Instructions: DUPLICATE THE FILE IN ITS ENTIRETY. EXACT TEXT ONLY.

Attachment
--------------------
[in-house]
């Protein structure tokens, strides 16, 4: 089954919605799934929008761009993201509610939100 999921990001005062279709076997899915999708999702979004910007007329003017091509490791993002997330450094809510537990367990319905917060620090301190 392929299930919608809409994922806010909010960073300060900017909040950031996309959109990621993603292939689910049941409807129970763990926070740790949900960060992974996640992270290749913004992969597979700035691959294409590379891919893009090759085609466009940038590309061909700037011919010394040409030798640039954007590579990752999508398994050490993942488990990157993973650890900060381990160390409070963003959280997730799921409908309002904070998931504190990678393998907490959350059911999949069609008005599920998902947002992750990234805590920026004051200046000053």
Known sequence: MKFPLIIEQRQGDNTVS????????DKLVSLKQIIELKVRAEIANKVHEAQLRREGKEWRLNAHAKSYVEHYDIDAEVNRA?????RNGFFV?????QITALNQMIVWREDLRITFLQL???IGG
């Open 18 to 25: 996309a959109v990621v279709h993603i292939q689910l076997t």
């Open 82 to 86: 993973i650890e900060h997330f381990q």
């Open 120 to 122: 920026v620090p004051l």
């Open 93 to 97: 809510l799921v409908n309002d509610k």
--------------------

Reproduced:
[in-house]
């Protein structure tokens, strides 16, 4: 089954919605799934929008761009993201509610939100 999921990001005062279709076997899915999708999702979004910007007329003017091509490791993002997330450094809510537990367990319905917060620090301190 392929299930919608809409994922806010909010960073300060900017909040950031996309959109990621993603292939689910049941409807129970763990926070740790949900960060992974996640992270290749913004992969597979700035691959294409590379891919893009090759085609466009940038590309061909700037011919010394040409030798640039954007590579990752999508398994050490993942488990990157993973650890900060381990160390409070963003959280997730799921409908309002904070998931504190990678393998907490959350059911999949069609008005599920998902947002992750990234805590920026004051200046000053």
Known sequence: MKFPLIIEQRQGDNTVS????????DKLVSLKQIIELKVRAEIANKVHEAQLRREGKEWRLNAHAKSYVEHYDIDAEVNRA?????RNGFFV?????QITALNQMIVWREDLRITFLQL???IGG
């Open 18 to 25: 996309a959109v990621v279709h993603i292939q689910l076997t």
């Open 82 to 86: 993973i650890e900060h997330f381990q």
């Open 120 to 122: 920026v620090p004051l």
């Open 93 to 97: 809510l799921v409908n309002d509610k």